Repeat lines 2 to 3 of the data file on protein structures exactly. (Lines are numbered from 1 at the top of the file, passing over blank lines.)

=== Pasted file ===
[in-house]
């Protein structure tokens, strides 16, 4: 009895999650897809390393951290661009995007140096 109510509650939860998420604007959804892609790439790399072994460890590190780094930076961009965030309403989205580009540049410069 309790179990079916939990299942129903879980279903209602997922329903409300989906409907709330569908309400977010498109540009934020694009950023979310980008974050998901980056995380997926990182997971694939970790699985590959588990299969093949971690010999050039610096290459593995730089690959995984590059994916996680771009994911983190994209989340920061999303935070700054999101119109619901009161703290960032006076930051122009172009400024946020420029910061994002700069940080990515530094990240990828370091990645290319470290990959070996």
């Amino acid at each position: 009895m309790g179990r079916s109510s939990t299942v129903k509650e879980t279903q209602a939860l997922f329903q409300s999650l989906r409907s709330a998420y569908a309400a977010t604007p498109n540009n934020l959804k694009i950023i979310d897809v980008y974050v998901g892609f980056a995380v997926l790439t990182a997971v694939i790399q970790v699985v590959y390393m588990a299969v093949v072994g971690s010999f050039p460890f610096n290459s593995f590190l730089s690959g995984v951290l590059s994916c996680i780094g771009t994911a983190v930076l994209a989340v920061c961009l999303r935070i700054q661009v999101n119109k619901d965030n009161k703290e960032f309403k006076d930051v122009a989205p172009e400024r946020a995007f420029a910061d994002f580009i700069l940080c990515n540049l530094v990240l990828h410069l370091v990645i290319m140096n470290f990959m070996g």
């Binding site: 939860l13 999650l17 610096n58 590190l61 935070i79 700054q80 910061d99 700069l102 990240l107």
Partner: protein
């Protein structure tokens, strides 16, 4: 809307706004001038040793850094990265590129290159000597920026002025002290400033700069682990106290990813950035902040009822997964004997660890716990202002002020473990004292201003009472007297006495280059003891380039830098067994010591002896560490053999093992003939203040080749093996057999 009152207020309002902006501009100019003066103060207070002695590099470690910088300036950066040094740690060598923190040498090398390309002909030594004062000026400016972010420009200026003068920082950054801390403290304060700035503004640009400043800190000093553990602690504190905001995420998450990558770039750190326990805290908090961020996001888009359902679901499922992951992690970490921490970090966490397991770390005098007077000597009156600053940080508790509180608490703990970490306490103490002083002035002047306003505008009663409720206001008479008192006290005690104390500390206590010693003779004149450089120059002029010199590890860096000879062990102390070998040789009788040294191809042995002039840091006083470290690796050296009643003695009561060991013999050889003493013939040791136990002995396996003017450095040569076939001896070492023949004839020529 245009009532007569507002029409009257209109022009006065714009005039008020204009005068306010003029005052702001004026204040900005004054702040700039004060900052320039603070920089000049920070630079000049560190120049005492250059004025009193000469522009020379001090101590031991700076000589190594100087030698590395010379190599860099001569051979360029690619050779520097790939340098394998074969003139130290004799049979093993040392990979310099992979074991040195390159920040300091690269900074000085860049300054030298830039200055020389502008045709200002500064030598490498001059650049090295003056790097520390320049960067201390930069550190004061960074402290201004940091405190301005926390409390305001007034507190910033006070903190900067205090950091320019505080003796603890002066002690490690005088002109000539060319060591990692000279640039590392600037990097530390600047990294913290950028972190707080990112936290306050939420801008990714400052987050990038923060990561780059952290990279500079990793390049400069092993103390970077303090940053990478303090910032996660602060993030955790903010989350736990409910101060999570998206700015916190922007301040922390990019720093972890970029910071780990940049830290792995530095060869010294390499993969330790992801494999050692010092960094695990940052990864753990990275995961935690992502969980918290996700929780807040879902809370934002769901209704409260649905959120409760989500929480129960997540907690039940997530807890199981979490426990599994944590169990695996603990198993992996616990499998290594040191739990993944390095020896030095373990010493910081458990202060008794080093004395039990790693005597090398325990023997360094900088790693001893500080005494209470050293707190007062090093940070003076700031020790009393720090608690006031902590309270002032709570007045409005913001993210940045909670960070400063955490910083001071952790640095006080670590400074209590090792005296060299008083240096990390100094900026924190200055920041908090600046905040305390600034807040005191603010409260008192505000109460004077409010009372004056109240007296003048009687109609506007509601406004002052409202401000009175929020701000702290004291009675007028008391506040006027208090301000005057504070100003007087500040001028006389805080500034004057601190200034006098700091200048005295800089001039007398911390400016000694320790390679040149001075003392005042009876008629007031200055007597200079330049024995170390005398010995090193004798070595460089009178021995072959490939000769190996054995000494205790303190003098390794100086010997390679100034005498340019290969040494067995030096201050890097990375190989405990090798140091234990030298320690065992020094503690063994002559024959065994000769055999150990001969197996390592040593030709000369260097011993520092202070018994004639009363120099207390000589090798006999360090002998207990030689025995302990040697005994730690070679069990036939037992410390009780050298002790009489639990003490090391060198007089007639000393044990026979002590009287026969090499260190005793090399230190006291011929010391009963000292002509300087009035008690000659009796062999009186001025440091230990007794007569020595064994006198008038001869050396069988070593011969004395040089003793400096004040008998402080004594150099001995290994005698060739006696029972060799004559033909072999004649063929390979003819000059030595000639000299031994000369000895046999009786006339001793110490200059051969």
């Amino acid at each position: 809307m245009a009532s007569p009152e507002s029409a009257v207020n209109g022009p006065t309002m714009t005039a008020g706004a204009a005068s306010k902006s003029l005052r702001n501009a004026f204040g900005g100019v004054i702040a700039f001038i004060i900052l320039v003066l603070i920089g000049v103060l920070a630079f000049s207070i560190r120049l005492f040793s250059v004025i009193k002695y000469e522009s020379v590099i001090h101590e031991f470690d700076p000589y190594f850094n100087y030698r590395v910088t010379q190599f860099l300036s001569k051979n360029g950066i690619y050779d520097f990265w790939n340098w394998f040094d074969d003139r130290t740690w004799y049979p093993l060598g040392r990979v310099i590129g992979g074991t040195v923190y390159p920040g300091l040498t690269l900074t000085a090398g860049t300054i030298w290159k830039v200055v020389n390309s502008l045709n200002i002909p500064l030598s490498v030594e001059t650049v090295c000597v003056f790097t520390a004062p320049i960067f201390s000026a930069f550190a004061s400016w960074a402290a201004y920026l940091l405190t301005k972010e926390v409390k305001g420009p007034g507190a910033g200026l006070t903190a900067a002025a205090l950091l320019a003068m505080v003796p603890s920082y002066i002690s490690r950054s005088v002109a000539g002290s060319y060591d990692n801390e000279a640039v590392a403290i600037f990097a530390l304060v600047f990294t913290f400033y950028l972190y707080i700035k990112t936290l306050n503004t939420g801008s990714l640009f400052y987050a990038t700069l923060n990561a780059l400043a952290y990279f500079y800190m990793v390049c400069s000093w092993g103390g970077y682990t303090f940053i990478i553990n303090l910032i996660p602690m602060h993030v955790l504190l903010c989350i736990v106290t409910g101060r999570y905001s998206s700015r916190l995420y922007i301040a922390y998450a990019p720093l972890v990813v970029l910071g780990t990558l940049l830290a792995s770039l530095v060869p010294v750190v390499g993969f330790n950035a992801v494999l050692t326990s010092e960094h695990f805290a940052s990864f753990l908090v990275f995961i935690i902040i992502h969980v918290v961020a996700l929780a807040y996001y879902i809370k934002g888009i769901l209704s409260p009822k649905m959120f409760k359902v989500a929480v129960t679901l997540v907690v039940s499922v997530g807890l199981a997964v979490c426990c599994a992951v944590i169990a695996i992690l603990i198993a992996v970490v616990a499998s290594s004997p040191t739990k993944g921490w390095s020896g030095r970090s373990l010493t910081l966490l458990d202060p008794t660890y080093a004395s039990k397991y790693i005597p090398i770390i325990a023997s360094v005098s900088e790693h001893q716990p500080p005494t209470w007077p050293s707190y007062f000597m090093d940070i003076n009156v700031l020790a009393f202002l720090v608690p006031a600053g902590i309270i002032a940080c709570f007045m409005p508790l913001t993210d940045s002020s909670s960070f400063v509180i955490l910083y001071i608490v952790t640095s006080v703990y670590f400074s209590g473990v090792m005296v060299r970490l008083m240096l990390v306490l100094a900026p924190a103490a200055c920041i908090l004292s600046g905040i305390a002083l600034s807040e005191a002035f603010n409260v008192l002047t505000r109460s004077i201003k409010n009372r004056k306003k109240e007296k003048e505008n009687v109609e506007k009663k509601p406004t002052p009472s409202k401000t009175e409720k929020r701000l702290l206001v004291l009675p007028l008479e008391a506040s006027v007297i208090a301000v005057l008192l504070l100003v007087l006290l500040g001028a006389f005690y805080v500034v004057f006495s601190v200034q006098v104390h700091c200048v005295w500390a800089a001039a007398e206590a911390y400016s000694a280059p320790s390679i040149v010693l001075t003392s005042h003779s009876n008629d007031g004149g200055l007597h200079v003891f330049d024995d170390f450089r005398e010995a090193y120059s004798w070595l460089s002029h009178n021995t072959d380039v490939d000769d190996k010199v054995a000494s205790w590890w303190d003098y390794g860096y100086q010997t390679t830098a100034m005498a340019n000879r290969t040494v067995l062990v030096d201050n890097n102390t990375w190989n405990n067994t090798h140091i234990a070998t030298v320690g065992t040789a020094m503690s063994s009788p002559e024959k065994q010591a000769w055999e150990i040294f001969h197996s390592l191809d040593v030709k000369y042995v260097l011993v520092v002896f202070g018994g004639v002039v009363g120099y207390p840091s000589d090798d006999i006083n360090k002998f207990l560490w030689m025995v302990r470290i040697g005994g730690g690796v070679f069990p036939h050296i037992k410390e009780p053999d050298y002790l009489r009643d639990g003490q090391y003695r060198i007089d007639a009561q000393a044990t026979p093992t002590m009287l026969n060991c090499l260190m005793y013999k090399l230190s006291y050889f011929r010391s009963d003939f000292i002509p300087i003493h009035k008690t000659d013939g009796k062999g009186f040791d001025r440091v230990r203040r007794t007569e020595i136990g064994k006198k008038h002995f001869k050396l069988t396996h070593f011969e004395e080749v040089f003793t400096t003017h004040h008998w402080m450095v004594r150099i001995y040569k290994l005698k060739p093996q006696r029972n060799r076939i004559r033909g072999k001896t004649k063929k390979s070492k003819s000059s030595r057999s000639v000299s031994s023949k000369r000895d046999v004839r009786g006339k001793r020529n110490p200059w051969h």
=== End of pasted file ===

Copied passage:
């Protein structure tokens, strides 16, 4: 009895999650897809390393951290661009995007140096 109510509650939860998420604007959804892609790439790399072994460890590190780094930076961009965030309403989205580009540049410069 309790179990079916939990299942129903879980279903209602997922329903409300989906409907709330569908309400977010498109540009934020694009950023979310980008974050998901980056995380997926990182997971694939970790699985590959588990299969093949971690010999050039610096290459593995730089690959995984590059994916996680771009994911983190994209989340920061999303935070700054999101119109619901009161703290960032006076930051122009172009400024946020420029910061994002700069940080990515530094990240990828370091990645290319470290990959070996």
């Amino acid at each position: 009895m309790g179990r079916s109510s939990t299942v129903k509650e879980t279903q209602a939860l997922f329903q409300s999650l989906r409907s709330a998420y569908a309400a977010t604007p498109n540009n934020l959804k694009i950023i979310d897809v980008y974050v998901g892609f980056a995380v997926l790439t990182a997971v694939i790399q970790v699985v590959y390393m588990a299969v093949v072994g971690s010999f050039p460890f610096n290459s593995f590190l730089s690959g995984v951290l590059s994916c996680i780094g771009t994911a983190v930076l994209a989340v920061c961009l999303r935070i700054q661009v999101n119109k619901d965030n009161k703290e960032f309403k006076d930051v122009a989205p172009e400024r946020a995007f420029a910061d994002f580009i700069l940080c990515n540049l530094v990240l990828h410069l370091v990645i290319m140096n470290f990959m070996g």